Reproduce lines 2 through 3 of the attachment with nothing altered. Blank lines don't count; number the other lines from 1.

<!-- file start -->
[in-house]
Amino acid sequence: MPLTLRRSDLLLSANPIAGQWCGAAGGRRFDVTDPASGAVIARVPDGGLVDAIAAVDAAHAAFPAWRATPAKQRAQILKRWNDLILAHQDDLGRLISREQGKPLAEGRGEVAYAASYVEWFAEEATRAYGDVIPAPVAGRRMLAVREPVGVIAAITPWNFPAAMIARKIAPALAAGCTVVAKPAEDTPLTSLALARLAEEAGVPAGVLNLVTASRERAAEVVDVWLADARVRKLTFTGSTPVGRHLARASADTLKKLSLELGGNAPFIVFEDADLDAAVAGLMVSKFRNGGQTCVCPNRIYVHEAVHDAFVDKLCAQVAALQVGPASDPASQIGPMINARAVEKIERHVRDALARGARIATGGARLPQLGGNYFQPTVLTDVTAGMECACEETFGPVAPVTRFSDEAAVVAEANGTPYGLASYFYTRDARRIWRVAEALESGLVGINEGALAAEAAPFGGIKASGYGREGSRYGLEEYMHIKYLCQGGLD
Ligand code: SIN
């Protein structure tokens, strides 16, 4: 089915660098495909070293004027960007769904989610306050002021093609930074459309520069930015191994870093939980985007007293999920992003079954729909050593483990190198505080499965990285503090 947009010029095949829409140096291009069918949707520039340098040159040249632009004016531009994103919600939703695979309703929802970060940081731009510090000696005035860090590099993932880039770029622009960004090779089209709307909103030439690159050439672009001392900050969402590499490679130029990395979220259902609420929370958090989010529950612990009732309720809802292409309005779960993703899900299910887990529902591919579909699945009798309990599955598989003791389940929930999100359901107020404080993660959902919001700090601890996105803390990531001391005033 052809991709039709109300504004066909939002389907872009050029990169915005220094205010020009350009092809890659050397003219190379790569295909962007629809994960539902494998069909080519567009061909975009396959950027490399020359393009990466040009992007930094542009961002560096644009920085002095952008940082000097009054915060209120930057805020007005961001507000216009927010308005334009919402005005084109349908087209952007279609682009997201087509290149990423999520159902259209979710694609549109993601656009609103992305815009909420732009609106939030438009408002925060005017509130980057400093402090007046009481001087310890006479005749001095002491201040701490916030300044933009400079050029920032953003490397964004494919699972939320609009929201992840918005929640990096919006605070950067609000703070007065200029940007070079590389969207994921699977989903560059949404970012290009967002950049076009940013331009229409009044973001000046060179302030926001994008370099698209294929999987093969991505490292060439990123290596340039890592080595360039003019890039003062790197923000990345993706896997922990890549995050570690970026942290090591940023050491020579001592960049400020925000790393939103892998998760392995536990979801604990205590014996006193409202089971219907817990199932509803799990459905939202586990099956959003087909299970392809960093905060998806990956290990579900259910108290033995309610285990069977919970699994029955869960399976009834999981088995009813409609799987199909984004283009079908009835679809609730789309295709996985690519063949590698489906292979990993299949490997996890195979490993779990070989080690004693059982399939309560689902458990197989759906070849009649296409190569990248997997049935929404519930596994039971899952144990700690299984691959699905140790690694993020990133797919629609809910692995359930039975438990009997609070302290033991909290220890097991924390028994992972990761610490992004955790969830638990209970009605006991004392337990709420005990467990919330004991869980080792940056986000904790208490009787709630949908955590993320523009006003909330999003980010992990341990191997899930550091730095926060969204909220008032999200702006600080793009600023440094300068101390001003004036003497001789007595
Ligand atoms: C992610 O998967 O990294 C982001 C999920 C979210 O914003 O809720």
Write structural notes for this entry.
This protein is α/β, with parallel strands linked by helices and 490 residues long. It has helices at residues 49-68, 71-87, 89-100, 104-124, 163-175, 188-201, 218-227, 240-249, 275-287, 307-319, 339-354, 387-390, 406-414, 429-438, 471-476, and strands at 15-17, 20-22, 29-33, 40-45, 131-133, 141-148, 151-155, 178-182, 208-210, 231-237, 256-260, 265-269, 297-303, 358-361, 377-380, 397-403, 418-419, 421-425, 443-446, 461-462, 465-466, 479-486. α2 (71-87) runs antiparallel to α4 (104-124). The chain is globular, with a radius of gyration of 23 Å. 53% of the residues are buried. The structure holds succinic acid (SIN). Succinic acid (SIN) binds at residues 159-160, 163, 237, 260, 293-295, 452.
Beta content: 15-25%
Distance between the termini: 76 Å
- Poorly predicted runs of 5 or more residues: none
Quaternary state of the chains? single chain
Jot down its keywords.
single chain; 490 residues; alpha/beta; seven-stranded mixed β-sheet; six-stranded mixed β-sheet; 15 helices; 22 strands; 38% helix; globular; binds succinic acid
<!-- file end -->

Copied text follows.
Amino acid sequence: MPLTLRRSDLLLSANPIAGQWCGAAGGRRFDVTDPASGAVIARVPDGGLVDAIAAVDAAHAAFPAWRATPAKQRAQILKRWNDLILAHQDDLGRLISREQGKPLAEGRGEVAYAASYVEWFAEEATRAYGDVIPAPVAGRRMLAVREPVGVIAAITPWNFPAAMIARKIAPALAAGCTVVAKPAEDTPLTSLALARLAEEAGVPAGVLNLVTASRERAAEVVDVWLADARVRKLTFTGSTPVGRHLARASADTLKKLSLELGGNAPFIVFEDADLDAAVAGLMVSKFRNGGQTCVCPNRIYVHEAVHDAFVDKLCAQVAALQVGPASDPASQIGPMINARAVEKIERHVRDALARGARIATGGARLPQLGGNYFQPTVLTDVTAGMECACEETFGPVAPVTRFSDEAAVVAEANGTPYGLASYFYTRDARRIWRVAEALESGLVGINEGALAAEAAPFGGIKASGYGREGSRYGLEEYMHIKYLCQGGLD
Ligand code: SIN